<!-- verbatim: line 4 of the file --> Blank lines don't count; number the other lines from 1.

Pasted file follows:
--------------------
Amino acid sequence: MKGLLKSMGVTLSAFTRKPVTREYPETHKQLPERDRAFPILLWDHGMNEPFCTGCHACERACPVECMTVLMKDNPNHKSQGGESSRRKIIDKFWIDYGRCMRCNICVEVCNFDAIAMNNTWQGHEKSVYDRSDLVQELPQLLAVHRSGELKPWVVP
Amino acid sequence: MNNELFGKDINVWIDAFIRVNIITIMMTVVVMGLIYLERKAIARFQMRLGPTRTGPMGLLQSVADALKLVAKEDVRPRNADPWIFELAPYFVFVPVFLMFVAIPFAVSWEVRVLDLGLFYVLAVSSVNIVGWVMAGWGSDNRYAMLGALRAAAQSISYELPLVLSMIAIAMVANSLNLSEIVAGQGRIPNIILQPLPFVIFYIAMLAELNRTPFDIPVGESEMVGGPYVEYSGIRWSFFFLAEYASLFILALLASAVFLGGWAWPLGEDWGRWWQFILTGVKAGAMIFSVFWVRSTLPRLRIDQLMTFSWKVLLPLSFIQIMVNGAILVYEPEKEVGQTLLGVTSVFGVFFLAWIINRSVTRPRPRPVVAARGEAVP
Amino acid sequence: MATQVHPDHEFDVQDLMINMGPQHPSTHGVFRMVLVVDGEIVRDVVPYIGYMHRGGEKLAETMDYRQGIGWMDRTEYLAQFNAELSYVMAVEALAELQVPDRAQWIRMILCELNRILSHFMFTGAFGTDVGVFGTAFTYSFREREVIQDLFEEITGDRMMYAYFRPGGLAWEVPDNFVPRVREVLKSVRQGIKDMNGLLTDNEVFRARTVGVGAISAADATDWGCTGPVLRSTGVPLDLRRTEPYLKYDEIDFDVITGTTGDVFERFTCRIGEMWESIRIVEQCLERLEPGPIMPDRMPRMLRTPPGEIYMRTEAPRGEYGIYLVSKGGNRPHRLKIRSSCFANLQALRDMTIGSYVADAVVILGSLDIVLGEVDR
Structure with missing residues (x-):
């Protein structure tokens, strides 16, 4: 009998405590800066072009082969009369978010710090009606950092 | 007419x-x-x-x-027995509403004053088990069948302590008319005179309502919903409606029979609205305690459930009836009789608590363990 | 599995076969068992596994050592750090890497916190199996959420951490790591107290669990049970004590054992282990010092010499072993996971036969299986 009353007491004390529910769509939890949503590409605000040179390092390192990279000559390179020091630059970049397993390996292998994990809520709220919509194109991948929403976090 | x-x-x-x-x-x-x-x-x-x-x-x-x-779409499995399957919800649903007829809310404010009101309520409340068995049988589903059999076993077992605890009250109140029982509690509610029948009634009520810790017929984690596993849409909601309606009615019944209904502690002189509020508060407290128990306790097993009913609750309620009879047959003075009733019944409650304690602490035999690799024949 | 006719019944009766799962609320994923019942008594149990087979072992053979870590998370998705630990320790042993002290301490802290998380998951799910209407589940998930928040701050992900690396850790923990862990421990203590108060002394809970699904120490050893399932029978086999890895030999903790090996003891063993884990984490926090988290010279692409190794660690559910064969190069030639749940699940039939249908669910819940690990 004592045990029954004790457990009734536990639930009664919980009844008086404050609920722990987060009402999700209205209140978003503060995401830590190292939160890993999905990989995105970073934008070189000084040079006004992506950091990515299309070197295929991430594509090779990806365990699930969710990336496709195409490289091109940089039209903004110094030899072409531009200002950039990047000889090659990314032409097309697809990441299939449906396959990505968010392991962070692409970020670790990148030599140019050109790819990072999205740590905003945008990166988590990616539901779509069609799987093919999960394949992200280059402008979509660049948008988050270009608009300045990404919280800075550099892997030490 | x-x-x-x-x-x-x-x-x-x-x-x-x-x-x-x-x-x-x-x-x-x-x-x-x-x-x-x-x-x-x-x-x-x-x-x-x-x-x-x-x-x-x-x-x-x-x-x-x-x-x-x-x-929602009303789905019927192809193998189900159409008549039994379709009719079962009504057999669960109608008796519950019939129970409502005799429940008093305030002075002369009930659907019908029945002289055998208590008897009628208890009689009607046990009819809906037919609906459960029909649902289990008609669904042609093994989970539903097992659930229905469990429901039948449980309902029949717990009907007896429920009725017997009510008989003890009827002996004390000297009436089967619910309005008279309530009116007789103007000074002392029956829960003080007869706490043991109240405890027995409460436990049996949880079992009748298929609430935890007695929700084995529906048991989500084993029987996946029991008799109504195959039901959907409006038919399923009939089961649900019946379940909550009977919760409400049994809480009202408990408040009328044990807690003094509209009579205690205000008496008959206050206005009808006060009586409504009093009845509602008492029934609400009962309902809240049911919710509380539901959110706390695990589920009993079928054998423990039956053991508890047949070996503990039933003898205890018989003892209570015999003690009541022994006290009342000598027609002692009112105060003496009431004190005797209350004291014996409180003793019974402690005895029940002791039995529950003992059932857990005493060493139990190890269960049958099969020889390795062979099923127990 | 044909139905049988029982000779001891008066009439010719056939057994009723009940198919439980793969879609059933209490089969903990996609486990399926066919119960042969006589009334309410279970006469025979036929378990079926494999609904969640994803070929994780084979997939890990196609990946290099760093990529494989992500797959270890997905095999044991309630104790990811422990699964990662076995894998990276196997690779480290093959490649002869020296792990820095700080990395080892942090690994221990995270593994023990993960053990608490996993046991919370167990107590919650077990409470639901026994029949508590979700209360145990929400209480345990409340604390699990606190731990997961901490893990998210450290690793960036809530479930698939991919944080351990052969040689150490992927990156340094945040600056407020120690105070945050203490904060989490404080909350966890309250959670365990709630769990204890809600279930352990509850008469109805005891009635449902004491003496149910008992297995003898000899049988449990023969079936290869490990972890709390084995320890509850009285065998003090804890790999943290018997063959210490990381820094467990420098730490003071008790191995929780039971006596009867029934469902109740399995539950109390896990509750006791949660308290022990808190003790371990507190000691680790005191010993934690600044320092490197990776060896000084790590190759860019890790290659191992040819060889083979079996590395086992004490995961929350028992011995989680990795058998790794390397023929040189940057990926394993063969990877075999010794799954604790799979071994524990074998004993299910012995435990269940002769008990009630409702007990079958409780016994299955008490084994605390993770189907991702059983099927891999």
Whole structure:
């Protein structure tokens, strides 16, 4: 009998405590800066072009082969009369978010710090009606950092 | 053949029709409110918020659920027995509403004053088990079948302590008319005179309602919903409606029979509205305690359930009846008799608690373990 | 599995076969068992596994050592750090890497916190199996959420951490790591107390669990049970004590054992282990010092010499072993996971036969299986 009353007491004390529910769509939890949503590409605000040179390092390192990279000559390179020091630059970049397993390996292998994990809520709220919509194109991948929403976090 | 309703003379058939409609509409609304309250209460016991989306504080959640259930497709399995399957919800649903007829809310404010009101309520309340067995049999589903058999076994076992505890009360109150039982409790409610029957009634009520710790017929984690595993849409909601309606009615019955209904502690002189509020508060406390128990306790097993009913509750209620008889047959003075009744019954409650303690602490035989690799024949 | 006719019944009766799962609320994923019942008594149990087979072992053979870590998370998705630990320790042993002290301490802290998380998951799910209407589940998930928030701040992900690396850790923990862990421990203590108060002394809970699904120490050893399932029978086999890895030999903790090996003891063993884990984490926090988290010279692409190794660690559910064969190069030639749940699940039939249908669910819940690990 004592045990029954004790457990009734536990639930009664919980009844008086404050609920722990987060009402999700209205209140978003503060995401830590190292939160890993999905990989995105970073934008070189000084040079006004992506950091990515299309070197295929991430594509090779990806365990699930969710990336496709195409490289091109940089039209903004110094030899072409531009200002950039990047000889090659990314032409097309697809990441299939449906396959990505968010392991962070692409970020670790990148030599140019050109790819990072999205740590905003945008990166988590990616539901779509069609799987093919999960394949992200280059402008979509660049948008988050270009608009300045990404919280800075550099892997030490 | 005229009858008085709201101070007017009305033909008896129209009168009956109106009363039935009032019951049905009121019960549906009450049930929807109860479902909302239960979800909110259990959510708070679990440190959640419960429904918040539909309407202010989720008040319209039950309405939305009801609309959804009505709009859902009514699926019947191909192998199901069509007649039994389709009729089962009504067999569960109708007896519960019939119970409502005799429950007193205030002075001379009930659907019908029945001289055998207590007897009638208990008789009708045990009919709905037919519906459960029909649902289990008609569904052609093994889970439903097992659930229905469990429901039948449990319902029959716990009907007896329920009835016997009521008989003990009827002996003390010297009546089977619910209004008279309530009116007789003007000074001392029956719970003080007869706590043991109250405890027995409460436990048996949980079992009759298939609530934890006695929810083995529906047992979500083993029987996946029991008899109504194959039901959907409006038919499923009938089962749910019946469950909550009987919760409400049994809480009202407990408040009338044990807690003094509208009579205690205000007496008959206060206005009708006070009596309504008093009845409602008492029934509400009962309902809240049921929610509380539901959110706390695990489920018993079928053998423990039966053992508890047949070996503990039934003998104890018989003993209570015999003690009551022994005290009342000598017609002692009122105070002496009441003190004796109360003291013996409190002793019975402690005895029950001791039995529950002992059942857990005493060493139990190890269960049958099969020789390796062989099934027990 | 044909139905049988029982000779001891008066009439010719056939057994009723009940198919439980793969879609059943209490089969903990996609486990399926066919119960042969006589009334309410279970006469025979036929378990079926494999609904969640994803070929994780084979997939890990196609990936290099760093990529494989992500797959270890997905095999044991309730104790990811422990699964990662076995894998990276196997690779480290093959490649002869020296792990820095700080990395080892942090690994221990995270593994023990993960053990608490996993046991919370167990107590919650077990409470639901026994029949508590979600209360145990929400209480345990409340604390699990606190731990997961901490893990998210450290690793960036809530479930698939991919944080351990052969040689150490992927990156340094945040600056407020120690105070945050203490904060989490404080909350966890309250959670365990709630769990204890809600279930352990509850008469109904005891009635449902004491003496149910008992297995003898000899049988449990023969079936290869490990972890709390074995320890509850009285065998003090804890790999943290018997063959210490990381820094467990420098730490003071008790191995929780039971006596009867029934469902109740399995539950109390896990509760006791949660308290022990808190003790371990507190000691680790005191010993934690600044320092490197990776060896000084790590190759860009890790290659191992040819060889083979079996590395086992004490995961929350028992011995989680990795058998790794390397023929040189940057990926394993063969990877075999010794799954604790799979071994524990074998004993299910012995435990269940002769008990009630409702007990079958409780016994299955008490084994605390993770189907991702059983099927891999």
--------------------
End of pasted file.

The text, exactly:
Structure with missing residues (x-):